CHAGRIN FALLS, Ohio — The CDC this summer announced that 40 percent of adults reported at least one adverse mental or behavioral health condition, including anxiety and depression.
The other side of that coin involves the caregivers and family members, who provide care to loved ones or patients struggling with mental illness. That’s where Chagrin Falls-based Courage to Caregivers hopes to not only provide those folks with support but also increase awareness.
“This came about from my own experience,” Courage to Caregivers Founder and Executive Director Kristi Horner said. “I was the primary caregiver for my brother, who lived with anxiety, depression and obsessive-compulsive disorder.
“He also lived with suicidal ideations for four years. Ultimately, what I say is he lost his battle with mental illness to suicide in 2014. When my family lost him, we just knew that no one should take this journey alone.”
Having lived firsthand with the difficult journey most caregivers experience, Horner created Courage to Caregivers in 2017 to provide others with an outlet that until recently has been a taboo subject for family members only.
“When your loved one is going through cancer treatment, people bring over food and check in with you,” Horner said. “No one does that when your loved one has mental illness. No one is stopping over with groceries, checking in on you, helping you drive to appointments.
“It’s a very isolating experience. We felt like we needed to bring caregivers together and focus exclusively on them.”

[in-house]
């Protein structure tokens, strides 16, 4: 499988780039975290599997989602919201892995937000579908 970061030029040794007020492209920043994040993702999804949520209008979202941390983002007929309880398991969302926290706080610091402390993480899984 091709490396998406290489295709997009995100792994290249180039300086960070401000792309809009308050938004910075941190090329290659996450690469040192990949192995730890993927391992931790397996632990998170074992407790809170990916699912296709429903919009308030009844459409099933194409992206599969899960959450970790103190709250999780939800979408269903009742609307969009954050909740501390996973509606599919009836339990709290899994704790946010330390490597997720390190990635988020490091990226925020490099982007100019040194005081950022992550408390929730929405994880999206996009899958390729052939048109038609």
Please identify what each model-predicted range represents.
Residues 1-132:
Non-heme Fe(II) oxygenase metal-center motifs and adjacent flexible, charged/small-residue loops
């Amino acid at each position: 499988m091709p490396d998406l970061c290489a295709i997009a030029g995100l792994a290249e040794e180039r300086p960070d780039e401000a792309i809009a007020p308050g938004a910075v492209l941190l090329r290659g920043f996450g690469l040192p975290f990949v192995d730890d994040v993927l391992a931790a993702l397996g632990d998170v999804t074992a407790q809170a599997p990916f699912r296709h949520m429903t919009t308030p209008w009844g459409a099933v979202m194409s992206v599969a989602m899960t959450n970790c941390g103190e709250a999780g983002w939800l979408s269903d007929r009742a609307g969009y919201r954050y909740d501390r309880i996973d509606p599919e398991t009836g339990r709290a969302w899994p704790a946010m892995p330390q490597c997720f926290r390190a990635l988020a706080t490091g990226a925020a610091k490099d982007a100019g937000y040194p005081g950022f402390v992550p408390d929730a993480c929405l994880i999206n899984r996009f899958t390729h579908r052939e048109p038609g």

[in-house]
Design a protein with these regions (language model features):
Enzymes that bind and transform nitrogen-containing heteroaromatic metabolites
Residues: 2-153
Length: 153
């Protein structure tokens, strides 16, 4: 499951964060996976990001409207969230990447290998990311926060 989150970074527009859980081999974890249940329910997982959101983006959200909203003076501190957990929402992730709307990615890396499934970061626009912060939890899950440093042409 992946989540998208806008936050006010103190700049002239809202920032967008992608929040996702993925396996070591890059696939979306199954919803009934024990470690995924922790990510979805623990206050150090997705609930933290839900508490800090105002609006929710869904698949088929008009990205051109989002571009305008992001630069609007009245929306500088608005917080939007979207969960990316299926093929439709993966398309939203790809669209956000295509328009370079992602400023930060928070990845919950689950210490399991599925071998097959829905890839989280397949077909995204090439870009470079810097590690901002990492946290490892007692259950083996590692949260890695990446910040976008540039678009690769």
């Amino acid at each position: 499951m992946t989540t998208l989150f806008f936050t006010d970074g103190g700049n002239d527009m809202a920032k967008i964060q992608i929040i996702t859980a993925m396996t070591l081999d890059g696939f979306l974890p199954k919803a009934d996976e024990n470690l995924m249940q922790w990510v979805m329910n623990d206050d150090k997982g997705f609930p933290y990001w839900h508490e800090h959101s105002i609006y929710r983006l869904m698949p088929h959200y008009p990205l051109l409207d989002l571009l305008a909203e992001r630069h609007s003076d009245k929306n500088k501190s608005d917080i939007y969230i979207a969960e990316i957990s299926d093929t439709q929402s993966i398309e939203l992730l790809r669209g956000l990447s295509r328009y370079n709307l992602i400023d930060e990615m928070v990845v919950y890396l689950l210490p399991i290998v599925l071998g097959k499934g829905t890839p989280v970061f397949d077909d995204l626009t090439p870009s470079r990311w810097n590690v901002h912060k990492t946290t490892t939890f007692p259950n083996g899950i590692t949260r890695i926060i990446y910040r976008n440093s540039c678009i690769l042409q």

Operating under the premise that when caregivers are their strongest and healthiest version of themselves they actually provide better care, the nonprofit provides support regardless of the situation.
“Every time I share my story, 10 people come up to me to say they’ve been living with the exact same thing,” Horner said. “They didn’t know who to talk with or where to share. They tell me, ‘Thank you for sharing your story. You show hope.’
“My story ended in suicide, so how could my story show inspiration and hope? That’s because I’m still here, I’m still strong and I’m willing to talk about it.”
Talking about it is exactly what Courage to Caregivers has in mind to commemorate November being National Family Caregivers Month. The nonprofit’s second annual workshop “Summit 2020: Illuminating Hope in Uncertain Times” targets professional and family members who serve those living with mental illness.
Due to COVID-19, the two-day affair, which is sponsored by the ADAMHS Board of Cuyahoga County, will be a virtual. Online registration is required.
The event features interactive workshops by professional facilitators focusing on connectedness, empowerment and self-care for caregivers.
Topics range from “Empowerment: From Grief to Empowerment” and “Journaling your Journey: Utilizing the Expressive Arts for Healing” to “Breathing Meditation Focused on Compassion Fatigue.”
Anonymity plays a key role in Courage to Caregivers programming, providing loved ones a safe and private space to tell their story.
What’s changed the mental health conversation in recent years is how athletes and celebrities have talked about their own personal battles. Horner said Courage to Caregivers is hoping to build off that momentum.
“Absolutely, the door is cracked open and more people are willing to share their stories, providing hope, courage and inspiration,” Horner said. “At Courage to Caregivers, it starts with your story. We’re here to support you and your story — no matter what that is.”
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